Parkwood Holdings chairman Tony Hewitt said: "He [Scowen] has left the business and we are in discussions with someone else. We think we do need a horticulturist [to run Glendale Horticulture]."
Hewitt said it was "difficult recruiting good growers" and getting the right team has taken "longer than expected" after he restructured the business in autumn 2016.
Scowen replaced Andrew Bennett, who had been at Merediths, then Glendale, for nearly 20 years.
Glendale Horticulture has a new general manager starting in July in the Midlands area.
Hewitt said: "We restructured the business last autumn and have been putting in new process systems throughout the three [nursery] businesses." He said each had "decent" systems including Growmaster and WinTree software but now all use the Passfield management system for the 15m plant a year production."
He added: "Sales are going well - this spring has been very good for plant sales." But he adds crop growth management has been "mixed, with some a bit early, and some because of the restructuring planted a bit late – but everything is working well".
Sales and marketing director is Steve Derbyshire, Phil Denman is finance director, and other board members are Hewitt and University of Lincoln’s Dr Simon Pearson, who is consulting on new technology.
Glendale Horticulture turns over £8m+ annually and produces a range of plants grown at its Merediths, Coblands and Mahood arms at 11 sites nationwide.
In February 2016, Glendale Horticulture centralised administration, finance, logistics and distribution operations at its nursery in Fretherne.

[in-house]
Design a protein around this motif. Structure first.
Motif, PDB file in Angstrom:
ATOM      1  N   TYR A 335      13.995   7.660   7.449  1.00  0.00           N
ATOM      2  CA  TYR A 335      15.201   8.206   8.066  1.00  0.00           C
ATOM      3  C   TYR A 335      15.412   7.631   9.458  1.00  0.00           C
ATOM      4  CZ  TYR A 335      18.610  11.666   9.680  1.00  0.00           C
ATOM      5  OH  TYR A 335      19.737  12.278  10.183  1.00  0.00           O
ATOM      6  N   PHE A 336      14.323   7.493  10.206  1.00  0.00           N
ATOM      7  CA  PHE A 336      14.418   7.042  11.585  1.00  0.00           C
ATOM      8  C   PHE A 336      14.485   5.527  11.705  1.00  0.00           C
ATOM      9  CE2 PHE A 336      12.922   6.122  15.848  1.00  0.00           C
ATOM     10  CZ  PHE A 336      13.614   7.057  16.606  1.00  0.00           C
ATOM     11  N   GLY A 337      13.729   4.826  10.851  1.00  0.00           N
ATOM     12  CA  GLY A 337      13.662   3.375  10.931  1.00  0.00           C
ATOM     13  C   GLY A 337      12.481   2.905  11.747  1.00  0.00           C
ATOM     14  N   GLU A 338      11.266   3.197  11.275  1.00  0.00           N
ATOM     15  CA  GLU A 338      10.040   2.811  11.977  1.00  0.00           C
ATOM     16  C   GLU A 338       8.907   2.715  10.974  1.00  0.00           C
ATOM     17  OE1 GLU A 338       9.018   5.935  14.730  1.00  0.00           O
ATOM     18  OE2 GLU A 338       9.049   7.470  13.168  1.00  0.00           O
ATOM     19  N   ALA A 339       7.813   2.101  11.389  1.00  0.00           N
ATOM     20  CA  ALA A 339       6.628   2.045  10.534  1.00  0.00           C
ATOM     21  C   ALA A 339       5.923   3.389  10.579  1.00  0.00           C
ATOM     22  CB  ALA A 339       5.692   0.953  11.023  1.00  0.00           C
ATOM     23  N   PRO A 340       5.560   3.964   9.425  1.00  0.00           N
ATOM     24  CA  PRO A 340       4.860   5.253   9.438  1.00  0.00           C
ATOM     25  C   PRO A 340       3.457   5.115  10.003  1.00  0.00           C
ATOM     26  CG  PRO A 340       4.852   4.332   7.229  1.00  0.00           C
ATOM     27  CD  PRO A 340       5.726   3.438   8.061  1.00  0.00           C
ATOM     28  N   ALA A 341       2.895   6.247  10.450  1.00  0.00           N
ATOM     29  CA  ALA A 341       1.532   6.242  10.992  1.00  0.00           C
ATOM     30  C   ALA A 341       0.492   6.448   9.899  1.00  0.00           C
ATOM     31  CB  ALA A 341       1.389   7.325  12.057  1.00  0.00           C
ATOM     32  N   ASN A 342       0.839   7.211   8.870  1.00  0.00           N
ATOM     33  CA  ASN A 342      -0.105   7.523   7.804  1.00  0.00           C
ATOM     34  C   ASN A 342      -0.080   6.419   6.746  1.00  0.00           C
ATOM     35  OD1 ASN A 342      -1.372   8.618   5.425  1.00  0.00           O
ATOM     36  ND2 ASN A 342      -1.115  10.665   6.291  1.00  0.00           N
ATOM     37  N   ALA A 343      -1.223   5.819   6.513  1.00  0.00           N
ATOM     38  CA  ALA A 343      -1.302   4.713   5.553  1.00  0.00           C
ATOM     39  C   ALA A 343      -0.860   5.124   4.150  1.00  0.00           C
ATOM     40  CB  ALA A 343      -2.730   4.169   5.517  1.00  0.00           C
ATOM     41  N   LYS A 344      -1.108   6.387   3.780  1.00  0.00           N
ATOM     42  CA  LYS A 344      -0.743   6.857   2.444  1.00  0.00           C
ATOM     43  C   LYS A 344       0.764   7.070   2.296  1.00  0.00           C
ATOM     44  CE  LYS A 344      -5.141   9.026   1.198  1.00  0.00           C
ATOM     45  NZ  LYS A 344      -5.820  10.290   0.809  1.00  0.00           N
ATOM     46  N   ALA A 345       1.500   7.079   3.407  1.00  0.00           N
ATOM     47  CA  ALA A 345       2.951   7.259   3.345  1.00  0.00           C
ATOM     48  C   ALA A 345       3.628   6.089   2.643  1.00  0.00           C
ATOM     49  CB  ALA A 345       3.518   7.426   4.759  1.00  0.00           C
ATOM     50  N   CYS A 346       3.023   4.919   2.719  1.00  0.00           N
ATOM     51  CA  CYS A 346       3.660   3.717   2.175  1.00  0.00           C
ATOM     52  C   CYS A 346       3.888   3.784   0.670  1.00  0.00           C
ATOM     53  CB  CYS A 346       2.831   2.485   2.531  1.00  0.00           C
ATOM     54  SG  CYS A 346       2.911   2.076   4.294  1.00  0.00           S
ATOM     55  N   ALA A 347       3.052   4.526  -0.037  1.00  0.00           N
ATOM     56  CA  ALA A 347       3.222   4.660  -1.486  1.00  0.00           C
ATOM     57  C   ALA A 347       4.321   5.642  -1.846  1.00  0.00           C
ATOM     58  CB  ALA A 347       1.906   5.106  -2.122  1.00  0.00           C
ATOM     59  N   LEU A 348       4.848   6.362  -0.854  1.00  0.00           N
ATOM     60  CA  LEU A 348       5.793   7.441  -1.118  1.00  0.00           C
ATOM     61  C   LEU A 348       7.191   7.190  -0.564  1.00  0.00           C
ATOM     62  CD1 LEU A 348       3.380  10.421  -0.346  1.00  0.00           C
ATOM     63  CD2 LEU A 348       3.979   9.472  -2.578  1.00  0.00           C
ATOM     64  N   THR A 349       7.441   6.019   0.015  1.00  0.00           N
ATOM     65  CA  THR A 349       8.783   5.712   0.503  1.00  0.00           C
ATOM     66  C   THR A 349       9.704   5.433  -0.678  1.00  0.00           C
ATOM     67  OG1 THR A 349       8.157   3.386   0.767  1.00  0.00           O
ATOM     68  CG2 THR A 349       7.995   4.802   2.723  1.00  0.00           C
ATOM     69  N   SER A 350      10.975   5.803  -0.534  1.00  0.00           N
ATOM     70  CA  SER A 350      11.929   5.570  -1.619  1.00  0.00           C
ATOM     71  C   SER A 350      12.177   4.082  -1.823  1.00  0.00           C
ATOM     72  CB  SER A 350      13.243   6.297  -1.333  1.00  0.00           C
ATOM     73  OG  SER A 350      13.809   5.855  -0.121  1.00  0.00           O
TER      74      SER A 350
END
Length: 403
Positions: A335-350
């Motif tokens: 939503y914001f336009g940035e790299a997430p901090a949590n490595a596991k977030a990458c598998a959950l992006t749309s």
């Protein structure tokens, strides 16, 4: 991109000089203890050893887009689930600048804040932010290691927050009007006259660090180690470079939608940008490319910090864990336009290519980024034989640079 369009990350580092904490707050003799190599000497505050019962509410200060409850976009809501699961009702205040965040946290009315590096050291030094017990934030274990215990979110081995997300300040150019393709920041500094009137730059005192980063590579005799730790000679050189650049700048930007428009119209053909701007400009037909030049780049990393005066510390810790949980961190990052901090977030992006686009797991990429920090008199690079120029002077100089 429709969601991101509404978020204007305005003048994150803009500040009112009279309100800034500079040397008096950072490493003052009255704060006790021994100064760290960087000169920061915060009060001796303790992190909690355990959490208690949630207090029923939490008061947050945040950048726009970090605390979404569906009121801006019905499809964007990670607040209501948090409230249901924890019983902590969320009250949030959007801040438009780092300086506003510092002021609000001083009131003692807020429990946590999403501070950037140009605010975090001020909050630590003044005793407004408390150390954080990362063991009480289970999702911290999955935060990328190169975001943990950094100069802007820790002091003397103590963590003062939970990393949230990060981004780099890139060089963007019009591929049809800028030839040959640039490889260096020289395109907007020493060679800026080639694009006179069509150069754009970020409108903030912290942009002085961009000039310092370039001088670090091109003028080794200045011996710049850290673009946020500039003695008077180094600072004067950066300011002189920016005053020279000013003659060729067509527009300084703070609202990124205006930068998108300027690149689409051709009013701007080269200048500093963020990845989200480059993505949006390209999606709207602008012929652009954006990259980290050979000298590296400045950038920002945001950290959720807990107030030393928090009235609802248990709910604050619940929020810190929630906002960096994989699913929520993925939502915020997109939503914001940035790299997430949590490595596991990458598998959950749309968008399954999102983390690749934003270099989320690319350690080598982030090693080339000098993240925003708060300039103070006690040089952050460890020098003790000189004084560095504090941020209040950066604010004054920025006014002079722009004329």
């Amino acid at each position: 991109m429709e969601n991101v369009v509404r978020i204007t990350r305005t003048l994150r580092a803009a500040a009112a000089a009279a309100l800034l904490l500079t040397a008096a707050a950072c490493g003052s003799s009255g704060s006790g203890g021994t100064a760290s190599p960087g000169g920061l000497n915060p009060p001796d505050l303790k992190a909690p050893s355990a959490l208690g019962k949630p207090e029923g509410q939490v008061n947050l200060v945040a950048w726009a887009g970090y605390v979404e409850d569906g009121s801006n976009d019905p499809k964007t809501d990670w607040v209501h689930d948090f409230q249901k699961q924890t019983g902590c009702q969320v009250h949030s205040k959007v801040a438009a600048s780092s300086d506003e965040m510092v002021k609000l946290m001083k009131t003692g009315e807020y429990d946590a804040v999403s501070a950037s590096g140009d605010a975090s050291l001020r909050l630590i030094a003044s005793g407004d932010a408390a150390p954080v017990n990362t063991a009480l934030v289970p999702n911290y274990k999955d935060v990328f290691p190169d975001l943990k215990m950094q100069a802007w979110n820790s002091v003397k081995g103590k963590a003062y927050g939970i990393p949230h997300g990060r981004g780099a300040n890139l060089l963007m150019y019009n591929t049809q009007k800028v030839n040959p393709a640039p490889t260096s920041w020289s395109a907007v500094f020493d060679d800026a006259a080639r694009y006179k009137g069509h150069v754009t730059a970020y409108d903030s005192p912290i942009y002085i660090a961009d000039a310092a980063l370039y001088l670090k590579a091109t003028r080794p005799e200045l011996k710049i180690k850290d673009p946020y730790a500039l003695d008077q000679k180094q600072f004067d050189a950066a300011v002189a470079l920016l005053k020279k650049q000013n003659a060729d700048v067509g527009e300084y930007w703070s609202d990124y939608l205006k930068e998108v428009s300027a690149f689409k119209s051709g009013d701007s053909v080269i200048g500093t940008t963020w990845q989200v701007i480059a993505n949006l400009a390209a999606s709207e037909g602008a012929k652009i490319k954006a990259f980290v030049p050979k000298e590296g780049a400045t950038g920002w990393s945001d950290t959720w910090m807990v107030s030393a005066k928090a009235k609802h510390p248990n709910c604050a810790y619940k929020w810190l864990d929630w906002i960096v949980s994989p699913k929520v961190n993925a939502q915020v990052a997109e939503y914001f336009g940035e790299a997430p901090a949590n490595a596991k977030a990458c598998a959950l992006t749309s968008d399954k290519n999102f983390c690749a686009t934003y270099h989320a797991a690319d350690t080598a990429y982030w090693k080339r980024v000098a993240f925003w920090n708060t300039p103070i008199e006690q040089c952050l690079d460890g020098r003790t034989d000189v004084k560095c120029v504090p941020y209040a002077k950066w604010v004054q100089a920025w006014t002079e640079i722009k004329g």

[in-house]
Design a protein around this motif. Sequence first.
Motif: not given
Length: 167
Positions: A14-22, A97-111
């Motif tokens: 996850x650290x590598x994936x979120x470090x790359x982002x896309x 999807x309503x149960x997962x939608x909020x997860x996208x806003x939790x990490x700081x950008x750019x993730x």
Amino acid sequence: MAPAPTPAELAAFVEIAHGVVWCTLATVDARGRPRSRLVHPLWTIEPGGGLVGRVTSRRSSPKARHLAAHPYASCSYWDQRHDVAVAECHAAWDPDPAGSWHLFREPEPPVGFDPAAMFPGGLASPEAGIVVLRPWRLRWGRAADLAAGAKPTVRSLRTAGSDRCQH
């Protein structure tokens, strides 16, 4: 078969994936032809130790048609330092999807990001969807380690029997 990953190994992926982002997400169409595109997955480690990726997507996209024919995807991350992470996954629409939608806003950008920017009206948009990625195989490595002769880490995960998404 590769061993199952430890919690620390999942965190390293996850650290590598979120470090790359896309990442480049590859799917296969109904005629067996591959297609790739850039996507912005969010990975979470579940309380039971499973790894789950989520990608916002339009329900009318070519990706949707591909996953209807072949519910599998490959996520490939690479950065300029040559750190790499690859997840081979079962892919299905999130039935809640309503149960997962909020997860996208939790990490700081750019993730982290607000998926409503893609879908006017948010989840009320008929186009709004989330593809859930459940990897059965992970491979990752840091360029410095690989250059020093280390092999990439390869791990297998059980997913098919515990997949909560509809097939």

The company acquired Coblands in Kent in 2006, RA Meredith & Son Nurseries in Fretherne, Gloucestershire, in July 2013 and Mahood Brothers in Lathom, Lancashire, in November 2014.
On Glendale's future, Hewitt said: "We are looking at consolidating our production. We have 11 sites and that is too many. We will consolidate over the next two or three years. We are in discussions."
Glendale has already ordered plants for next spring and will be at exhibiting at the National Plant Show and visiting FlowerTrials this June.
"We have a big sales team of reps on the road which is part of the new strategy I brought in a couple of years ago to invest in sales. We have four people selling to independent garden centres and that market is at £2.5m sales now, up from nothing two years ago. Merediths did a lot with the independents 20 years ago but had nothing when we took over so we made a strategic decision [to move into the independent market.]"
Glendale Horticulture has a national sales person based in Gloucestershire, where online sales are also based. Hewitt said he would be looking for a new amenity sales manager in the north and a trainee sales manager in Kent.
Hewitt said the logistics of deliveries can be challenging. Glendale runs a mixed system with some of its own vehicles and some outsourced: "Wyevale and Homebase are two of our biggest customers and have taken transport in house and got their own warehousing. They collect and take to their hubs so we don’t generally now do the logistics for those two customers. But we helped Wyevale three or four weeks ago because everyone was very busy. Some customers have their own vehicles and collect from us.
Hewitt added that September catalogue prices are rising because of National Living Wage and other costs: "We expect inflation to be up 3%-4% by the year end."
He said a move into buying more British hasn’t happened at the moment: "At our last board meeting I heard the Dutch have held prices despite the euro making them more expensive. I can’t see that happening for ever."
Hewitt says the 2010 Anti Bribery Act could be behind there being fewer gardens at Chelsea Flower Show.Glendale supplied six last year and "nothing like that this year" so the Coblands arm of the business is looking at shows such as Tatton to supply garden designers.